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Brighton & Hove's Food Waste Action Week inspires next generation of residents

As part of its Food Use camapign, Brighton & Hove took part in WRAP's first annual Food Waste Action Week 1-7 March 2021 with a focus on younger audiences and the hospitality sector.

Food Waste Action Week promo image credit WRAP

Food Waste Action Week promo image credit WRAP

The Brighton & Hove Food Partnership (BHFP) is part of the Sustainable Food Places network and is the first in the UK to receive the programme's Gold Award, reflecting their excellence around key food issues including healthy food access, community involvement, procurement, local food economy and tackling the climate and nature emergency.

As part of the food partnership's work on the latter issue, Brighton and Hove’s Food Use campaign is a citywide approach to preventing and reducing food waste, changing the conversation from dealing with food waste to valuing and using food.

Food Waste Action Week

In March 2021, WRAP launched its inaugural national Food Waste Action Week (FWAW), inviting Brighton and Hove Food Partnership to be one of their strategic partners. The week ran from 1st to 7th March. This focused approach enabled both the food partnership and WRAP to raise awareness of food waste and its impact on climate change and how individuals and businesses can reduce the amount of food they waste.

Why is uptake of a Food Waste Action Week important?

Research by WRAP shows that while the majority of people care about climate change, far fewer (around 37%) are aware that wasting food is such a big contributor to global greenhouse gas emissions (8-10%). Reasearch elsewhere on the efficacy of public engagement campaign showed that repeated and regular interventions are needed to sustain behaviour change over time. Both these factors support a regular opportunity to engage the public on food waste with an environmental as well as financial focus.

Who were the partners involved?

WRAP leads on the national Food Waste Awareness Week, including provision of communication and promotion resources for local areas to use. Locally, BHFP – leading the city's Food Use Campaign - provided localised resources and a promotion plan across the city. Brighton and Hove City Council and the Brighton and Hove Surplus Food Network supported the campaign with their individual comms and activities.

Who were the targets and beneficiaries of the campaign?

The main beneficiaries of the campaign are local residents wishing to find out how to reduce their food waste and save money on their shopping bills, as well as do something good for climate and nature. Local caterers and food businesses were also targeted, promoting WRAP's Guardians of Grub resources (also offering a potential to save money as well as reduce their food-related emissions).

What were the activities and positive outcomes?

The main focus of FWAW was public-facing social media content, including WRAP's Love Food Hate Waste and Out of Date web resources, as well as locally generated content such as video developed by the Food Partnership as part of their Food Use campaign. Offline, the Food Partnership and Council distributed several hundred food waste leaflets to households across the city.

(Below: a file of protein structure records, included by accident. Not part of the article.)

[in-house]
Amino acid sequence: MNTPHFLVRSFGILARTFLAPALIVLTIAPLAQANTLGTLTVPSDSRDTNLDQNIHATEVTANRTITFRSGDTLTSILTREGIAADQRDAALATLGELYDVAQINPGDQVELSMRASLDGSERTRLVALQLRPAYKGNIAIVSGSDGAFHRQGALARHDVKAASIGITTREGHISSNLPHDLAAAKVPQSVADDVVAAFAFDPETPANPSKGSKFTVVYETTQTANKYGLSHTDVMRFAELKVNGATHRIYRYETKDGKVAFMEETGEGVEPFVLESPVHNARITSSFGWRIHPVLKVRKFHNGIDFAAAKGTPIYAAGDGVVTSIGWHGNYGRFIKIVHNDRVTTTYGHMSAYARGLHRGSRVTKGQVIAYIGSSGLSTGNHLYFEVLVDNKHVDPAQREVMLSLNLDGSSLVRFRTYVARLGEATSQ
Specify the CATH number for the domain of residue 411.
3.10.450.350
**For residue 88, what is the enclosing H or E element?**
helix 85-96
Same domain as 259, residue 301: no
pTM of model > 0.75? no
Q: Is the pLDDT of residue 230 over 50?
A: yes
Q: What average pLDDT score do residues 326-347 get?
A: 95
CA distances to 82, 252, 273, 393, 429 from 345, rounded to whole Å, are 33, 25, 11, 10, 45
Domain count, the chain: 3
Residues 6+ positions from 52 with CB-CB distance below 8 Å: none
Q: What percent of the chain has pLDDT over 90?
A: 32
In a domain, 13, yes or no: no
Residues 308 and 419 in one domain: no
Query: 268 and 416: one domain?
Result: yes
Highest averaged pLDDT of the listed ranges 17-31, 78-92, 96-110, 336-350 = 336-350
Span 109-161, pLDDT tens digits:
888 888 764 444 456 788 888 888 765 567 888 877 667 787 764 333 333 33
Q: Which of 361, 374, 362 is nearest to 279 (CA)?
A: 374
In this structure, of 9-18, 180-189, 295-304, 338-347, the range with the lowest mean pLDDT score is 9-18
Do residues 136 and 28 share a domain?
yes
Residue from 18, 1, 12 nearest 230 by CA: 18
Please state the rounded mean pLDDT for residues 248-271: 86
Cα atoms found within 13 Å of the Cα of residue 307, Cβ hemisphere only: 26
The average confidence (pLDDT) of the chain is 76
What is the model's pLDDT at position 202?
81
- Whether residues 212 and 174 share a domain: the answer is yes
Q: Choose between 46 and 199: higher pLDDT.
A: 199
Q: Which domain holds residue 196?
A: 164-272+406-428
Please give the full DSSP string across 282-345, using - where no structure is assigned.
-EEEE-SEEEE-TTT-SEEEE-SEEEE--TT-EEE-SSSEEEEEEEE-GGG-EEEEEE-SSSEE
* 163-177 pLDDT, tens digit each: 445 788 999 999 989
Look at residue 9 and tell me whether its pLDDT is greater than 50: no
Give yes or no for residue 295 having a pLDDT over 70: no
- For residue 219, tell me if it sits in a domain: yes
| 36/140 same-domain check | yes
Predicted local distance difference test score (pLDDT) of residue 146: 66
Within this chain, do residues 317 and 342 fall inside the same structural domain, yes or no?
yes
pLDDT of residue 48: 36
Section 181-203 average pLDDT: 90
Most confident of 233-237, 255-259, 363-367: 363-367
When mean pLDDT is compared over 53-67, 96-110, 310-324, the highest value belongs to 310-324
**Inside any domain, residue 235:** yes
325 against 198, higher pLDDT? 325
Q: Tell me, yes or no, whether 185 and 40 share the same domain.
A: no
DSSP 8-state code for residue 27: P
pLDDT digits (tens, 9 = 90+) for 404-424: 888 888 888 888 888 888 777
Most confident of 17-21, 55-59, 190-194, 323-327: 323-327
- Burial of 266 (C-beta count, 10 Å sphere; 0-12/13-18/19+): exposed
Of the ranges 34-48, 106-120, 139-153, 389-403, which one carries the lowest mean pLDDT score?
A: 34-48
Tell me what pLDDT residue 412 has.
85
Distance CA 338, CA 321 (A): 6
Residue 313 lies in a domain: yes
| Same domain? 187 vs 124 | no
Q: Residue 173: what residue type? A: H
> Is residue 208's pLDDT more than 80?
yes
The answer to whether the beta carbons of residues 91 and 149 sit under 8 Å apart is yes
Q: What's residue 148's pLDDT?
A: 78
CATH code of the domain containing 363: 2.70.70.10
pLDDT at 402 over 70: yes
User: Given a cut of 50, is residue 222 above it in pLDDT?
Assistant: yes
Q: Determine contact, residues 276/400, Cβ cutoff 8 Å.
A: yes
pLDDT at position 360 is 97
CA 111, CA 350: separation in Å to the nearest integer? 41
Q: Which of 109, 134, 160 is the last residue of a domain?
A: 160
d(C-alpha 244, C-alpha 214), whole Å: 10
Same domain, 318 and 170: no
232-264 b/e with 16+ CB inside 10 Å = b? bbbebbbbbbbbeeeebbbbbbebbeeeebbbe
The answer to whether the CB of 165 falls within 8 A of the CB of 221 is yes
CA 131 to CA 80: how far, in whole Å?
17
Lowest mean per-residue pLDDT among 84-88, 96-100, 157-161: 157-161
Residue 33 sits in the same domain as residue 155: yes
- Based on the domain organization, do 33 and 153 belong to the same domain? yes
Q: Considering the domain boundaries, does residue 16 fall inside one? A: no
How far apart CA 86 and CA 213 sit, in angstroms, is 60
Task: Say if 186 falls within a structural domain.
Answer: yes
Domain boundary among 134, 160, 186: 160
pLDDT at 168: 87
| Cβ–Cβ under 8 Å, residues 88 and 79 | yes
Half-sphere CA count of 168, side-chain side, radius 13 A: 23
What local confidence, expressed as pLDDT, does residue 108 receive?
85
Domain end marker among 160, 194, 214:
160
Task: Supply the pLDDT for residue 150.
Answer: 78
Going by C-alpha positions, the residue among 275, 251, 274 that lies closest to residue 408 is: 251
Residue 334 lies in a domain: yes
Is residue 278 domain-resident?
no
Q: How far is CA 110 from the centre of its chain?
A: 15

One of the key audiences was young people aged 18-34 – whom WRAP identified as the demographic wasting the most food. BHFP were able to produce a short video on food waste for the University of Brighton virtual Re-freshers Fair. Their FWAW campaign was also shared on a number of voluntary and community group websites and social media pages.

Over the week, BHFP recorded 48,386 social media impressions and 2,062 social media engagements. The action week enabled BHFP to appear on national BBC TV News, have several articles published in the local press, and saw an increase in their social media followers and traffic on BHFP's Food Use campaign web pages. There was also a notable rise in newsletter subscribers.

Challenges along the way

It was challenging to engage businesses and caterers in FWAW and the Food Use Campaign due to Covid-19, as many of them had closed or struggled financially.

Also, as BHFP couldn’t organize public events, they had to do much of the campaigning online via social media.

While university students were one of the key audiences, BHFP struggled to engage as many due to the campuses being closed and most of them were studying remotely back at home. Although the campaign provided an opportunity to develop a template for a largely online engagement campaign.


This case study forms a suite of local resources as part of Food for the Planet. Sign up to the campaign to make the Planet Pledge to reduce food waste in your area

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Published 20 Sep 2021

Food for the Planet: Food for the Planet is helping local authorities, businesses and organisations take simple actions to tackle the climate and nature emergency through food.

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Vera (currently on maternity leave) is the Sustainable Food Places Local Action Coordinator, having joined the Sustain team in 2017. She leads on the programme’s Good Food Movement work, and coordinates the Sugar Smart campaign, as well as supporting the Food for the Planet Campaign.

Vera Zakharov
Campaign Coordinator Sustainable Food Places


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